New Delhi: Ranbaxy Laboratories Ltd and Dr Reddy’s Laboratories Ltd, India’s top two drug makers, have been granted approvals to sell copies of two large-selling medicines in the US by that country’s pharmaceuticals regulator, the Food and Drugs Administration.
While Ranbaxy has been allowed to exclusively sell a version of the $1.19 billion (Rs4,879 crore) cholesterol drug Pravastatin—sold as Pravachol by Bristol-Myers Squibb Co., Dr Reddy’s along with 12 other firms can sell off-patent copies of Sanofi-Aventis SA’s sleeping pill, Ambien, which sold worth $2.1 billion in 2006.
The FDA gave Ranbaxy its approval to sell Pravastatin in the 80mg dosage with limited competition in the US. Bristol-Myers Squibb’s sales of the drug in that dosage were $209 million in 2006. The exclusivity period kicks in immediately and Ranbaxy, in a statement, said it will be manufacturing and marketing the drug from a US-based unit.
Dr Reddys, on the other hand, will be fighting for market share with 12 other non-patented drug makers in the US, including Mylan Laboratories Inc., Teva Pharmaceutical Industries Ltd, Roxane Laboratories Inc., Watson Laboratories Inc., Apotex Inc., and Synthon Pharmaceuticals Inc. besides Ranbaxy.
Dr Reddy’s said it had received approval for 5mg and 10mg of Zolpidem Tartrate tablets and would begin selling the product immediately.
The impact on the businesses of Dr Reddy’s and Ranbaxy will be small, analysts said. Pravachol, which went off patent in April 2006, has had 10mg, 20mg and 40mg generic versions introduced since then by Watson Phamaceuticals Inc., which was authorized by Bristol-Myers Squibb to do so, and Teva. Ranbaxy could make about $25 million from Pravastatin sales, an analyst with the local unit of a UK brokerage said. Nitin Aggarwal, pharmaceutical analyst with Mumbai-based SSKI Securities Pvt. Ltd said the $25-million estimate might be optimistic. “This is unlikely to be a big drug. As the other dosages have already been selling in the market for almost a year, Ranbaxy will not be able to charge a premium on its product,” he said.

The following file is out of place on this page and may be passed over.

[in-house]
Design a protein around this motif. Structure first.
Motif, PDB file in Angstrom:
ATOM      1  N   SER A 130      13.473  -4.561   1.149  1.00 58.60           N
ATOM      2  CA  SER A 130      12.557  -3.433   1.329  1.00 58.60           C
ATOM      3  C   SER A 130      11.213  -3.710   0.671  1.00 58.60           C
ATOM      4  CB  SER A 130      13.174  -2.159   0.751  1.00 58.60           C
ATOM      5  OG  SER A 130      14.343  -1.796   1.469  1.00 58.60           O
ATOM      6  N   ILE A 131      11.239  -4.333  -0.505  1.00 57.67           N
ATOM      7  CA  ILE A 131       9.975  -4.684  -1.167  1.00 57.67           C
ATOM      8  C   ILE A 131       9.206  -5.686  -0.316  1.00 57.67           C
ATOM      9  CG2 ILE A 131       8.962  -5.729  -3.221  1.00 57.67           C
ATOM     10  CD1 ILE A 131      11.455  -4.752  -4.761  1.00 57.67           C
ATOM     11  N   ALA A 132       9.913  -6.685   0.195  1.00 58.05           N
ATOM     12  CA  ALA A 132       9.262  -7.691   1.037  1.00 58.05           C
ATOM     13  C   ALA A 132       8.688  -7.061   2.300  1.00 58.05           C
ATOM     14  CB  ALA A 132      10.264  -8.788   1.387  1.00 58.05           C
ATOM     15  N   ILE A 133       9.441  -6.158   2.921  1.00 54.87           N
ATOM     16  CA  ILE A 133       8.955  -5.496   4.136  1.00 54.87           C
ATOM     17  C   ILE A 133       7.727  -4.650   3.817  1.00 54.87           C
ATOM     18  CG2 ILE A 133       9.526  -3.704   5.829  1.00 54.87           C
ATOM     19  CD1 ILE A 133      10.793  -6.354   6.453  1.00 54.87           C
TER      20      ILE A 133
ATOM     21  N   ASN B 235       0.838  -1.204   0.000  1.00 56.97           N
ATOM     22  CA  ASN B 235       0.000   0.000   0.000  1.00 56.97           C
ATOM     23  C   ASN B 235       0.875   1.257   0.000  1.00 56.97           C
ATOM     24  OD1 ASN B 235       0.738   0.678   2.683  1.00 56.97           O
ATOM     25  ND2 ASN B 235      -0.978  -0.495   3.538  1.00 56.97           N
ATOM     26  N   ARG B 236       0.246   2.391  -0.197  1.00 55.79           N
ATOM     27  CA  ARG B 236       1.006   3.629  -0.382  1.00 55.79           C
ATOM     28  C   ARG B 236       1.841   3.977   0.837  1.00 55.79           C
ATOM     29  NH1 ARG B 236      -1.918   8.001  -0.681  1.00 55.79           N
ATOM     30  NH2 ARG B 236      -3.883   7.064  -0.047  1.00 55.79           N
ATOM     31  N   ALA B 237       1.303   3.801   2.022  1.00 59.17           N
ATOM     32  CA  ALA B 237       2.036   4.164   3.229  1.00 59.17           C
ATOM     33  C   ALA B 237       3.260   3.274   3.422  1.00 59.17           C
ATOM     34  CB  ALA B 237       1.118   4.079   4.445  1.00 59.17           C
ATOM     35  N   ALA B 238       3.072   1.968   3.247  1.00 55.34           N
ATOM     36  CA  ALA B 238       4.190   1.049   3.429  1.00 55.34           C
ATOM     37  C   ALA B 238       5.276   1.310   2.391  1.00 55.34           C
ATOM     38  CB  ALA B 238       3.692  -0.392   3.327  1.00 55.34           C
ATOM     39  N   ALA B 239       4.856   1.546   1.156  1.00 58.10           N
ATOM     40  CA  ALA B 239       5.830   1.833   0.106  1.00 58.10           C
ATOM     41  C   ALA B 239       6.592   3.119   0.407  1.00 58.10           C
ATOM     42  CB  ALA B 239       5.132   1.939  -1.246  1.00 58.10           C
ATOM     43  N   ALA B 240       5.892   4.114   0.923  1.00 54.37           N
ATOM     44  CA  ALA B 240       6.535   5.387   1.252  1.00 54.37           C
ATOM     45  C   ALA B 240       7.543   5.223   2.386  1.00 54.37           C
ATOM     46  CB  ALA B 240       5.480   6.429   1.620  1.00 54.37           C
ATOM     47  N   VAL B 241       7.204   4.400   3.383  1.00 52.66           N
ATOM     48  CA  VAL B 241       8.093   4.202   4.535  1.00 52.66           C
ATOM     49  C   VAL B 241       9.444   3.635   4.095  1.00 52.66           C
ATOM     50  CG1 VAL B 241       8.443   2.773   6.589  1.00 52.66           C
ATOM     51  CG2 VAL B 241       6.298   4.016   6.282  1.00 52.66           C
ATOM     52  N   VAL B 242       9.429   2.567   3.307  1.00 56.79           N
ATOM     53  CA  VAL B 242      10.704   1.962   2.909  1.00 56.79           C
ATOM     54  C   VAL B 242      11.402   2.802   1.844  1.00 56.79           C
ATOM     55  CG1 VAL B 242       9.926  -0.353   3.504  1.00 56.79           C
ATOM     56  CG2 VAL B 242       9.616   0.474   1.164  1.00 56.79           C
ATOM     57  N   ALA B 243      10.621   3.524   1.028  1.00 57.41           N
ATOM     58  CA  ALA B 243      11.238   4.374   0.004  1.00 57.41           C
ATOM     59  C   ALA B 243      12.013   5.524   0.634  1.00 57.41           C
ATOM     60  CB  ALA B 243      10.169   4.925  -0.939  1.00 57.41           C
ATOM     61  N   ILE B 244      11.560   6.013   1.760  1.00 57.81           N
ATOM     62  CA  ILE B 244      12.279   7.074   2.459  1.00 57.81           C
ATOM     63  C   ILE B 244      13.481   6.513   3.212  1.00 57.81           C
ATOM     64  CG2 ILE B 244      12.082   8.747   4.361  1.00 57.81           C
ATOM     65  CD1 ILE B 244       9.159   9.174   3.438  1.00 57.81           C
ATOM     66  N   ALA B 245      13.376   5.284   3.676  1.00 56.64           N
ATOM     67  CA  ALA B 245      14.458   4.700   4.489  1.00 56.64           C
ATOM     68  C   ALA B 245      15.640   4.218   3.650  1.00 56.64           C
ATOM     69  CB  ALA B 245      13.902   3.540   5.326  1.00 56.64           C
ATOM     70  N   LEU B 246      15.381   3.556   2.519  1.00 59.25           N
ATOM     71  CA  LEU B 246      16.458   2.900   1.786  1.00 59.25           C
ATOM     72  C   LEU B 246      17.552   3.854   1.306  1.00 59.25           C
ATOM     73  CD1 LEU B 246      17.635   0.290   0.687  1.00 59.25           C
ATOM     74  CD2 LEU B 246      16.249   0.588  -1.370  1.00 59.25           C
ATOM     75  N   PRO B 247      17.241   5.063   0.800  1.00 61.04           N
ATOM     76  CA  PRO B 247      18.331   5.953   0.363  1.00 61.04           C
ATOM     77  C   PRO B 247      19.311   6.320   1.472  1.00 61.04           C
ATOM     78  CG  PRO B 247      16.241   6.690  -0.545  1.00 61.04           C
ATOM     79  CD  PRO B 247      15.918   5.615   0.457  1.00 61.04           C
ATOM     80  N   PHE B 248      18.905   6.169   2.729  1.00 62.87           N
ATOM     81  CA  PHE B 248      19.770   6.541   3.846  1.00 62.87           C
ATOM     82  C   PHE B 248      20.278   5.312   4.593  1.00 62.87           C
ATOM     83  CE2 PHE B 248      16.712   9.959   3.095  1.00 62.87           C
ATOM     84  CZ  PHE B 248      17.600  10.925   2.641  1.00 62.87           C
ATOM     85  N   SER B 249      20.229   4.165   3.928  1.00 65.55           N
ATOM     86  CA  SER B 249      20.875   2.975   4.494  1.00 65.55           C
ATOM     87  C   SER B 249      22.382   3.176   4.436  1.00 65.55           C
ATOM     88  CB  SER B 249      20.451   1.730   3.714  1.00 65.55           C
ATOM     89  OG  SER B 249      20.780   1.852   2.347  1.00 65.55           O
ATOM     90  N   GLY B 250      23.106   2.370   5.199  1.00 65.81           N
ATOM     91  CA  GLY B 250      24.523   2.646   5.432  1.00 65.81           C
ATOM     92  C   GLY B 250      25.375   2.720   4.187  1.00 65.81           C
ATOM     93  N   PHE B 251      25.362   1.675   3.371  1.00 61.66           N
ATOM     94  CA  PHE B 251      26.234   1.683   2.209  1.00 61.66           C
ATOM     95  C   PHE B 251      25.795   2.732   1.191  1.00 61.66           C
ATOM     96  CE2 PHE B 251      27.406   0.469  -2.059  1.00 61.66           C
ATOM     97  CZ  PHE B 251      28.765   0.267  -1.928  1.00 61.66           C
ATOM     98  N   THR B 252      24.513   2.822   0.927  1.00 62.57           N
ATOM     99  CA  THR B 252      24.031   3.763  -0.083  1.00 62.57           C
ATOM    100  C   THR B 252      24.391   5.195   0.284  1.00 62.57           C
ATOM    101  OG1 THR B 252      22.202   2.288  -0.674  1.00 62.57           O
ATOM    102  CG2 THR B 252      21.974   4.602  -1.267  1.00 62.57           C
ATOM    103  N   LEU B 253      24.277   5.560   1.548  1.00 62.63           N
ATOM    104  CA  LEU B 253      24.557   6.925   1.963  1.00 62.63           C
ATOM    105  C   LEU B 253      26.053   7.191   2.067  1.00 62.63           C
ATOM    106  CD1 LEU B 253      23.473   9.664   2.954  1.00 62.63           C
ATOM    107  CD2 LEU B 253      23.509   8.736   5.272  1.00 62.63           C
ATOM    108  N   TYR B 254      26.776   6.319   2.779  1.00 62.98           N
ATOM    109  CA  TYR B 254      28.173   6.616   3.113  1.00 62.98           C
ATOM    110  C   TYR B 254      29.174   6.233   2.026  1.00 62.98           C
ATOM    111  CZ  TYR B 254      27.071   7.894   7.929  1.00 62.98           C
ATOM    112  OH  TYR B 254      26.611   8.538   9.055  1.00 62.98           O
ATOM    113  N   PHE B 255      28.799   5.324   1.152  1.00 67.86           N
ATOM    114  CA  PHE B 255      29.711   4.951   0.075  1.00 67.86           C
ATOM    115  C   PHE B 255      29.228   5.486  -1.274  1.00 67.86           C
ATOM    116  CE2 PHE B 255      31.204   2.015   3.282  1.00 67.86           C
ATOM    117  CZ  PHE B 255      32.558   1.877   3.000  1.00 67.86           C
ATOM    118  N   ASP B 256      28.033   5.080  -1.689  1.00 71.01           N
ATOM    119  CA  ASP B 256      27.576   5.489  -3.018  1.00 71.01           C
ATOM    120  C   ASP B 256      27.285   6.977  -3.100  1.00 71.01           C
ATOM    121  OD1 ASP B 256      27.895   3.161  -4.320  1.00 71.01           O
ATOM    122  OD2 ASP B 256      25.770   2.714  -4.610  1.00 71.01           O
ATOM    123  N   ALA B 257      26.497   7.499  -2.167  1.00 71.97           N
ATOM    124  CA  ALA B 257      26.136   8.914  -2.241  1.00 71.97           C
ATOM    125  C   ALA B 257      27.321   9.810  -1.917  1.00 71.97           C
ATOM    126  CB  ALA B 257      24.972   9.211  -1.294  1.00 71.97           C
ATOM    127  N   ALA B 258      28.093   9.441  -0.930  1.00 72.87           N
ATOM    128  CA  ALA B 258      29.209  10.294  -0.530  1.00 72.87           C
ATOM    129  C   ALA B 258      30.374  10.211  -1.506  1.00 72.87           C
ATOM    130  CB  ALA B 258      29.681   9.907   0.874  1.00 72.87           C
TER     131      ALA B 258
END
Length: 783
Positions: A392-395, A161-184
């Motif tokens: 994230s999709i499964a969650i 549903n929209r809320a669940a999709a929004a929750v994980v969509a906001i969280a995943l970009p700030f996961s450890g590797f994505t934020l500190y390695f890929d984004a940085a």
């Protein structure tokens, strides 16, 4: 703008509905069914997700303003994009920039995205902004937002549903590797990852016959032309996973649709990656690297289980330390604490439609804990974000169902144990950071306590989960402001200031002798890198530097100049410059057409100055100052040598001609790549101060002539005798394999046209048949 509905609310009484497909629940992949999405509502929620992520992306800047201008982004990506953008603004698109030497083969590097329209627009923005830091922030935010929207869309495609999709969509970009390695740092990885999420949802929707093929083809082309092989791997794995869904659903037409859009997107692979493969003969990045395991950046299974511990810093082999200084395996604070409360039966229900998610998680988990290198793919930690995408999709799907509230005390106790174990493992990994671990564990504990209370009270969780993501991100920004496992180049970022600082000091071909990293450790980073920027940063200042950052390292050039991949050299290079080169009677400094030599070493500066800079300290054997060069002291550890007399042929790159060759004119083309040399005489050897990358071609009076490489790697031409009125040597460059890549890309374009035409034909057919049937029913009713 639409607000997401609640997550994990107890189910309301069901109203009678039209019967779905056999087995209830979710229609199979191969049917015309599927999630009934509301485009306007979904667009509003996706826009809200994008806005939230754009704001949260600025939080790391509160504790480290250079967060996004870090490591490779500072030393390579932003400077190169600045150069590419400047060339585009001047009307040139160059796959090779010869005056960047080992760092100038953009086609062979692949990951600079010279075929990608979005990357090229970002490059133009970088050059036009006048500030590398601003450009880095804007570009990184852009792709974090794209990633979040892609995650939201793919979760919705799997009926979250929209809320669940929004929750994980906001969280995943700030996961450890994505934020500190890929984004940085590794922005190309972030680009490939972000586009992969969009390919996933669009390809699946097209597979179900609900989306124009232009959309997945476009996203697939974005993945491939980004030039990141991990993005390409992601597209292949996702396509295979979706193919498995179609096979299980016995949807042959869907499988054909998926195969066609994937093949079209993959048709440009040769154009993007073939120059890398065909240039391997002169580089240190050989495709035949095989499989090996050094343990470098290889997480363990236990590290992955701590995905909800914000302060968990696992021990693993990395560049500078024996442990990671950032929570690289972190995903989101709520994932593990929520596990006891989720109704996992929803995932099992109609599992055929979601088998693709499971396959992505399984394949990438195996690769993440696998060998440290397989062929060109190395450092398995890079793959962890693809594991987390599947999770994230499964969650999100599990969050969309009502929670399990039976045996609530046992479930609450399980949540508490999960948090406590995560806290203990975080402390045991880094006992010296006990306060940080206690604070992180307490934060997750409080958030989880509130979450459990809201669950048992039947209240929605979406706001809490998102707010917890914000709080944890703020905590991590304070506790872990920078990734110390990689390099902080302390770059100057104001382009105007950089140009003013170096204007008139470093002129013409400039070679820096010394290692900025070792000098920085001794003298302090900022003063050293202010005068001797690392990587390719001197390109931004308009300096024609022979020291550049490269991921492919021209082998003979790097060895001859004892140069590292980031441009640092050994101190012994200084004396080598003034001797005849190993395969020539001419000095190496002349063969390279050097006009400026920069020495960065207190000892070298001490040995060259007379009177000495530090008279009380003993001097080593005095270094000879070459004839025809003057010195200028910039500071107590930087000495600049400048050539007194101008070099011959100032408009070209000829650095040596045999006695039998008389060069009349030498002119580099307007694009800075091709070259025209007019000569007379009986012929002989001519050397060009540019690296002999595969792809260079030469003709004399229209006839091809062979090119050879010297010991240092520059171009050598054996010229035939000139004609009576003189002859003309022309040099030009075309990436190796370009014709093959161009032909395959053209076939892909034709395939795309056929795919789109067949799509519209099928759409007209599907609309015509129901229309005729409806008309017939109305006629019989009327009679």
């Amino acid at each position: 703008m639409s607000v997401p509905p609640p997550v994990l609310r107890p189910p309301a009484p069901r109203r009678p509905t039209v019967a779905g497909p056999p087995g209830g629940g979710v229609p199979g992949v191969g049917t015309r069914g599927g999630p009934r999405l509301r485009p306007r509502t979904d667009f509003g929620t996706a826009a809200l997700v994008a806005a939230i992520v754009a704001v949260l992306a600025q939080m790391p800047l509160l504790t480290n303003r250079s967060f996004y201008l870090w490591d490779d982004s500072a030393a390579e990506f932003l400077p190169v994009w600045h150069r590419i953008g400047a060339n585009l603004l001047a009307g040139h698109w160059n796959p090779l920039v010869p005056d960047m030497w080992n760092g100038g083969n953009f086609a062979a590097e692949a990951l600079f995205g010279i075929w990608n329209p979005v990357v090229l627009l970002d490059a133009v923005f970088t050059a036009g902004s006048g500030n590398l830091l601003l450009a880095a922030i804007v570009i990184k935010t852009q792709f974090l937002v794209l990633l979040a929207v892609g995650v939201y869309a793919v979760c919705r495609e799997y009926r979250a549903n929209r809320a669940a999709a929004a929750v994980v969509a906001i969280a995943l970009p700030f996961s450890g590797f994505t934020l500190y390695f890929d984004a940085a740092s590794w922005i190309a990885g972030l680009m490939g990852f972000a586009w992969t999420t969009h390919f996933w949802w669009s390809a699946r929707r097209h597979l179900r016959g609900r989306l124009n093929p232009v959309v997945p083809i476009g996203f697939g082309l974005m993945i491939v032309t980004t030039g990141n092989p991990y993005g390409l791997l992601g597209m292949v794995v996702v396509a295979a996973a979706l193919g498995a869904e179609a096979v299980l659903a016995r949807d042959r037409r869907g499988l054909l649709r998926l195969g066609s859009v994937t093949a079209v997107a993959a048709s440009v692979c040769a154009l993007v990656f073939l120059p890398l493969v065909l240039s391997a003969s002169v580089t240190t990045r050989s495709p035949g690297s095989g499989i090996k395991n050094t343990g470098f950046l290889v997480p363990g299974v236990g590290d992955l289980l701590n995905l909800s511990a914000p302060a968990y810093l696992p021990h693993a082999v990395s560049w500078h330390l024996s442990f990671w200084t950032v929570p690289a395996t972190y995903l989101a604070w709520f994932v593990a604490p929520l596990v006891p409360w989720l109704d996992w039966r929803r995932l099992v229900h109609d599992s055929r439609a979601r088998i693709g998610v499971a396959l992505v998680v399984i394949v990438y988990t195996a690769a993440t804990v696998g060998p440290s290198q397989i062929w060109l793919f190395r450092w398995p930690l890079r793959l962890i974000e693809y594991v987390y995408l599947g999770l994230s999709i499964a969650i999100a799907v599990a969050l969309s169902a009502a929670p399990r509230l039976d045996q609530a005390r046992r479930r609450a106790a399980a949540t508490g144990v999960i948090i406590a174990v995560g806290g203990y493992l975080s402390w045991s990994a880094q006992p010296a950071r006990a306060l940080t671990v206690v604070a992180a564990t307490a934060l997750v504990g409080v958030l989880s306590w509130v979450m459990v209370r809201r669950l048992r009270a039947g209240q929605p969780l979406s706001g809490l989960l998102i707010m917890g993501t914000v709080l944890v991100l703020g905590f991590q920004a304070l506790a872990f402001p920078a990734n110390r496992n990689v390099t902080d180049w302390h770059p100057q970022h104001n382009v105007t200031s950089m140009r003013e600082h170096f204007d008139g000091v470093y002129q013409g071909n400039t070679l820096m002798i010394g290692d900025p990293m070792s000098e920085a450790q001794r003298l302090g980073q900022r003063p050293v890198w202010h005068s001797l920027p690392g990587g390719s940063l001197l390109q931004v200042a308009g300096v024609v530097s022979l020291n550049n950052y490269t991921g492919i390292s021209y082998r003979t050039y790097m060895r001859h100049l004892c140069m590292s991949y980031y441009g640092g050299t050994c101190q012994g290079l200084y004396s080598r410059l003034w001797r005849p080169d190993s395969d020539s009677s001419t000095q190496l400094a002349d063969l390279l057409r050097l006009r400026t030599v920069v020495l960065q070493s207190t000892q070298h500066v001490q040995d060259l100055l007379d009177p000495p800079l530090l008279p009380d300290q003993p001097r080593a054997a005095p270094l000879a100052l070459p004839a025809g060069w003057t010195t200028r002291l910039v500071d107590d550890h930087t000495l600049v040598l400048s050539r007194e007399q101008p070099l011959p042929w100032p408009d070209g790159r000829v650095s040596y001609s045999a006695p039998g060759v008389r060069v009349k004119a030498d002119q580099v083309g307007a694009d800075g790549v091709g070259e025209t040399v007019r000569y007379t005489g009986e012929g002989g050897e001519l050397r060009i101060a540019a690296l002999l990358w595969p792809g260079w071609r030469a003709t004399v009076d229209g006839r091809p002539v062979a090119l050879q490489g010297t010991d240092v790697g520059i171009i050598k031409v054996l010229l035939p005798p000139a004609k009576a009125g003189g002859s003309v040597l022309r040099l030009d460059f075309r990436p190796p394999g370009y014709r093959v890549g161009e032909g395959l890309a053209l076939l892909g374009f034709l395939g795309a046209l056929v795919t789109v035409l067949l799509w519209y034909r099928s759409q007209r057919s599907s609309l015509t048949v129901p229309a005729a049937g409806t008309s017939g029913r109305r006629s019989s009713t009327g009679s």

Last year, Ranbaxy and Dr Reddy’s had seen a surge in revenues aided by selling versions of Simvastatin, another cholesterol drug, sold as Zocor by Merck & Co. Ranbaxy made $60 million from selling the drug between June and December last year and Dr Reddy’s added $66 million to its turnover from the drug’s sales.
Shares of Ranbaxy closed 5.71% higher at Rs369.10 each and Dr Reddy’s fell by 0.4% to close at Rs711.15.